Dazed and Confused

We Are What We Are (2013) Blu-ray Screenshot

For the last 12 years, you could say that Richard Linklater has been just a little bit busy developing Boyhood, his triumph of a film concerning the growth and life of a boy from childhood through adolescence — in real time. And while that ate up a dozen actual years, Linklater didn’t put all his eggs in one basket. As with his Boyhood cast, he allowed himself to work on other projects and tinker with new ideas for future films. One such project is the long-awaited follow-up to his 1993 masterpiece Dazed and Confused. The Playlist reports that Linklater has begun casting this “spiritual sequel” (as Linklater has called it), which is titled That’s What I’m Talking About. He sent offers for three of the lead roles to the following up-and-coming young actors: Blake Jenner (Ryder from Glee — you know, the one that got catfished by another Glee club member), Tyler Hoechlin (the Teen Wolf from Teen Wolf) and Wyatt Russell (Zook from 22 Jump Street and the son of Kurt Russell and Goldie Hawn).



Where were you in ’73? August 11, 1973, to be specific? I wasn’t alive, but just because I wasn’t there on opening night doesn’t mean I can’t celebrate the 40th birthday of American Graffiti, which hit theaters on that date*. Just the same, it doesn’t matter that I can’t really answer the film’s tagline of “Where were you in ’62?” George Lucas‘s nostalgic teen movie is as classic as the cars that appear in it, and that’s because it resonates for viewers of all ages and all eras. Maybe we didn’t grow up on the same music and meet up at the same kind of hangout as Mel’s Drive-In, but we can all find something familiar in this multi-narrative feature. It’s no wonder Richard Linklater’s own nostalgic ensemble teen movie, Dazed and Confused, is so similar to Lucas’s. Teen life hadn’t changed all that much in 14 years. Nor is it all that different after 51 years. It’s kind of strange to think about how American Graffiti was set only 11 years before its release. We’re quickly nostalgic today, but that was a pretty quick turnaround for audiences to get so sentimental about the culture of a decade prior. It’d be like us getting a deeply nostalgic movie about 2002 now. Yet 1962 probably felt more like an eon ago to people in 1973. The characters in the movie haven’t been through the JFK assassination yet, let alone RFK and MLK, they haven’t seen the worst of Vietnam or the […]


Dazed high school girls

  It won’t officially be the 20th anniversary of Dazed and Confused until this fall, but last Thursday the film was honored at the annual Texas Hall of Fame Awards, where it received the Star of Texas Award from presenter Quentin Tarantino. In person to accept were writer-director Richard Linklater and members of the cast, including Wiley Wiggins, Anthony Rapp and Joey Lauren Adams. To continue the film’s recognition, it seemed fitting to devote this week’s Scenes We Love to the 1993 high school movie classic. Dazed is not the sort of feature that is easily broken up by scenes. There are many memorable moments, a lot of quotable lines, but as far as individual scenes are concerned there aren’t many that can be bracketed and labeled so cleanly. There are definable acts marked by location, such as the school act, the Emporium act and the beer bust/moon tower act. Are the many distinct pieces of each of these sections qualifiable as scenes? Obviously I’m thinking too much about it. I feel like this is a conversation for Tony, Mike and Cynthia to have while cruising around. Clearly those geeks were the ones I most identified with when the movie came out during my junior year. As usual feel free to name your own favorite scenes or those you think are the “best.” You can find six scenes I love and the personal reasons why after the jump.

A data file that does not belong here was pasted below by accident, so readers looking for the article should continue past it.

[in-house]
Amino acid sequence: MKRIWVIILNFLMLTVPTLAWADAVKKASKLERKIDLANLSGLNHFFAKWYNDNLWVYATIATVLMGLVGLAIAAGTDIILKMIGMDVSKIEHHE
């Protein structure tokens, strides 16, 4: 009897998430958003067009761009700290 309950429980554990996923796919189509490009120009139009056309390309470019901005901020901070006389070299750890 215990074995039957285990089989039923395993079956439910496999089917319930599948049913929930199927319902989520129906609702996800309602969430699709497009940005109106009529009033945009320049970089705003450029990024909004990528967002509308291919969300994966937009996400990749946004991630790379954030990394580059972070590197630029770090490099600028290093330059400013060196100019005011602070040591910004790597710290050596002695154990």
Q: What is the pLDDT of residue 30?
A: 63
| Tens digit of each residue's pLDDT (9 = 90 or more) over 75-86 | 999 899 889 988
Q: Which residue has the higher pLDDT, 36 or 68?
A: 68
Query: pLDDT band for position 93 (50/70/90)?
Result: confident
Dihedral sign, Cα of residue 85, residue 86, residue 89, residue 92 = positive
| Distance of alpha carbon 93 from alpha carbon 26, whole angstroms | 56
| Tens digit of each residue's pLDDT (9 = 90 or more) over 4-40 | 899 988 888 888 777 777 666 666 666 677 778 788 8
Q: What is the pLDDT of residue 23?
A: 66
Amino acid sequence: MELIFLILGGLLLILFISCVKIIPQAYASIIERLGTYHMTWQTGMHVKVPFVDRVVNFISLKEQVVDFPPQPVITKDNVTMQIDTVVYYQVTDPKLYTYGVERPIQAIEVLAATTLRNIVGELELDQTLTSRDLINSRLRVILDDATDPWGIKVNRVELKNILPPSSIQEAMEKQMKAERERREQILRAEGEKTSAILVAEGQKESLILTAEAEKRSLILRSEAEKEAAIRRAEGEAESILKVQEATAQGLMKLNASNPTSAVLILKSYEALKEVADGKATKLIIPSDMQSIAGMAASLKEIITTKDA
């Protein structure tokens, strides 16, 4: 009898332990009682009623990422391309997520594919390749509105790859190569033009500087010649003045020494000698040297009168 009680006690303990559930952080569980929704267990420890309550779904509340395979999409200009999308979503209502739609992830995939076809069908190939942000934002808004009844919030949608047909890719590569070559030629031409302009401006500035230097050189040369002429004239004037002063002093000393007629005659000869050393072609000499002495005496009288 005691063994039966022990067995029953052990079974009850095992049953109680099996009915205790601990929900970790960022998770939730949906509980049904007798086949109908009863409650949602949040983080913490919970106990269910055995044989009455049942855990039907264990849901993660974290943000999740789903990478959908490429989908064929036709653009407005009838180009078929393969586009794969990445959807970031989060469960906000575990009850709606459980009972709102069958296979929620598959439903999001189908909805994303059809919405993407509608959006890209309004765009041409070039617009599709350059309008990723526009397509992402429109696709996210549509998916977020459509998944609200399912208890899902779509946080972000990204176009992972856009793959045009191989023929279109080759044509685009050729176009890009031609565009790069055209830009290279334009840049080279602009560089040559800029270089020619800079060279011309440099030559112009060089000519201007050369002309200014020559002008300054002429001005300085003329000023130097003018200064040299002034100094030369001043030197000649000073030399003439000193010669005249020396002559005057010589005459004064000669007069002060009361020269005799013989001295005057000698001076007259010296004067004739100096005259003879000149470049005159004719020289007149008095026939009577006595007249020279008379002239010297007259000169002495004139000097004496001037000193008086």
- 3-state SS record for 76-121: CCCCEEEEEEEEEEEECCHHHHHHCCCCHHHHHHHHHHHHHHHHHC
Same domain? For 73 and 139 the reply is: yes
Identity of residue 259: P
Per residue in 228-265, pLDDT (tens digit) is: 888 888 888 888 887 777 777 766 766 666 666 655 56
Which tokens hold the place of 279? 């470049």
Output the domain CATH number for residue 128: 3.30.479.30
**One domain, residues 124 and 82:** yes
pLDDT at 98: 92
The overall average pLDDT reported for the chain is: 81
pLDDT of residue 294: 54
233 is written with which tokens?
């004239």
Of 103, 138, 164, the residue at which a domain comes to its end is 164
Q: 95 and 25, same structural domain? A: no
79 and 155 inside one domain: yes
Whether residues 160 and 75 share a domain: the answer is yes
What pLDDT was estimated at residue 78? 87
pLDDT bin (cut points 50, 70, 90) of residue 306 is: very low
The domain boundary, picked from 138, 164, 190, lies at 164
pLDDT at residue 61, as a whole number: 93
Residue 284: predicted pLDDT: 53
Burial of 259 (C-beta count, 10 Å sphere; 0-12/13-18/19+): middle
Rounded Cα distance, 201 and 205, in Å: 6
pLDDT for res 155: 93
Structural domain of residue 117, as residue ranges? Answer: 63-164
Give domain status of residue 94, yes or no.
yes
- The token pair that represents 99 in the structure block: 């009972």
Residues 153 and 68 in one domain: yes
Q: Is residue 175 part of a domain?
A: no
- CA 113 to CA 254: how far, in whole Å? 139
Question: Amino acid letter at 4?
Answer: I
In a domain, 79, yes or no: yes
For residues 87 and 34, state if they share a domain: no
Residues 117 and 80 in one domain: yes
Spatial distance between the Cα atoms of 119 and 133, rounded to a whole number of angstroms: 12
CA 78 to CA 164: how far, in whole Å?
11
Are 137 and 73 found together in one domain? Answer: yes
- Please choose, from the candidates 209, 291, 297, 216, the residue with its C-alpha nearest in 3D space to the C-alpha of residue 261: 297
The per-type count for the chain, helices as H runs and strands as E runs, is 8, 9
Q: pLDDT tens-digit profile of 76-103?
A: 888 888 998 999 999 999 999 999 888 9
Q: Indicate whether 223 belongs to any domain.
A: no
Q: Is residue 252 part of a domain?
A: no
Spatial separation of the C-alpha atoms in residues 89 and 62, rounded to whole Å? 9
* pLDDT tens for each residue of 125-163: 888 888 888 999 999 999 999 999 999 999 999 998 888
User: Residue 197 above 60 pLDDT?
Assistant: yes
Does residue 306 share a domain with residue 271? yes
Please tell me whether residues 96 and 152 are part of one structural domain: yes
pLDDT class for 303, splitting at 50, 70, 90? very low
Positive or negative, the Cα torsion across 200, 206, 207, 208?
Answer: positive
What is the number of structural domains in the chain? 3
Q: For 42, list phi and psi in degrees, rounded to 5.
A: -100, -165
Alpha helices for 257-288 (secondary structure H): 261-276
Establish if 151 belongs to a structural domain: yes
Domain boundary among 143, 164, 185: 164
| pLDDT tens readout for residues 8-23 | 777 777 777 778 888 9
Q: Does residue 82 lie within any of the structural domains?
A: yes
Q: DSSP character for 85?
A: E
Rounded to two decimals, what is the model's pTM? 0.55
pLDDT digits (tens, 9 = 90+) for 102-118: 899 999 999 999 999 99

This is the best week of Blu-ray releases of 2011. Mark my words. No seriously, write it into your calendars. Between the breakout geek genre hit of the year, a Blu-ray set 65 million years in the making, a hero we can all believe in, creepy Finnish Santas, some Criterion confusion and Serbians doing terrible, terrible things to each other, this may be the most well-rounded, exciting week of releases we’ve seen in a long time. And it all begins with a must-have Pick of the Week… Attack the Block When Joe Cornish and Edgar Wright got together and decided to make a film about a group of hoodlums who face down an alien invasion, they probably didn’t think of you or me once. They didn’t know that they’d be custom-tailoring a sci-fi comedy for the nerd set that would ignite crowds and become the cult hit of this (and probably a few other years). They couldn’t have known. But they moved forward anyway, with a cast of unknowns and some killer creature designs, creating what could go down as the geek film of 2011. What’s more impressive about this release? Even though I didn’t receive a review copy, I’m making it pick of the week. Usually I’m a big whiney baby, who gets a bunch of review material, only to pick it apart week to week. But this week I’m putting my own money where my mouth is. In a week when competition comes from one of the longest awaited Blu […]



When I write this column, I typically don’t get the opportunity to write about movies from my teen years. I, like many, came into a cinephilic love for art and foreign cinema during college, and in that process grew to appreciate The Criterion Collection. Richard Linklater’s Dazed and Confused (1993), however, is a movie that’s followed me through various changes in my life for (I’m just now realizing as I write this) about half of my time thus far spent on Earth.

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published: 01.28.2015
published: 01.28.2015
published: 01.28.2015
published: 01.27.2015

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